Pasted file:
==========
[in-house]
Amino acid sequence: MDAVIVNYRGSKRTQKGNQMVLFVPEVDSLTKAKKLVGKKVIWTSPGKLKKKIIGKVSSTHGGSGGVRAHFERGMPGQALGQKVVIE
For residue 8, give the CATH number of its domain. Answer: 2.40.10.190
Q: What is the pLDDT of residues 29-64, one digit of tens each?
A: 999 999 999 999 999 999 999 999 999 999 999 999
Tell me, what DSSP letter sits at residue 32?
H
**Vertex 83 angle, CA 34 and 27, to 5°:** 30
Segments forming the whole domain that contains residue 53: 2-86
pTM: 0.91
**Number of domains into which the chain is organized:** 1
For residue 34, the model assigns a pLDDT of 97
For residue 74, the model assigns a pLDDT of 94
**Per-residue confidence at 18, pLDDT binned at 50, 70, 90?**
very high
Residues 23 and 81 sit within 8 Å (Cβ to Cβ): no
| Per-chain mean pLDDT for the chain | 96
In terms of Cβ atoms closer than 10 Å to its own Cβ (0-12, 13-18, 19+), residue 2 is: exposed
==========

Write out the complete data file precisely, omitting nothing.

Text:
[in-house]
Amino acid sequence: MDAVIVNYRGSKRTQKGNQMVLFVPEVDSLTKAKKLVGKKVIWTSPGKLKKKIIGKVSSTHGGSGGVRAHFERGMPGQALGQKVVIE
For residue 8, give the CATH number of its domain. Answer: 2.40.10.190
Q: What is the pLDDT of residues 29-64, one digit of tens each?
A: 999 999 999 999 999 999 999 999 999 999 999 999
Tell me, what DSSP letter sits at residue 32?
H
**Vertex 83 angle, CA 34 and 27, to 5°:** 30
Segments forming the whole domain that contains residue 53: 2-86
pTM: 0.91
**Number of domains into which the chain is organized:** 1
For residue 34, the model assigns a pLDDT of 97
For residue 74, the model assigns a pLDDT of 94
**Per-residue confidence at 18, pLDDT binned at 50, 70, 90?**
very high
Residues 23 and 81 sit within 8 Å (Cβ to Cβ): no
| Per-chain mean pLDDT for the chain | 96
In terms of Cβ atoms closer than 10 Å to its own Cβ (0-12, 13-18, 19+), residue 2 is: exposed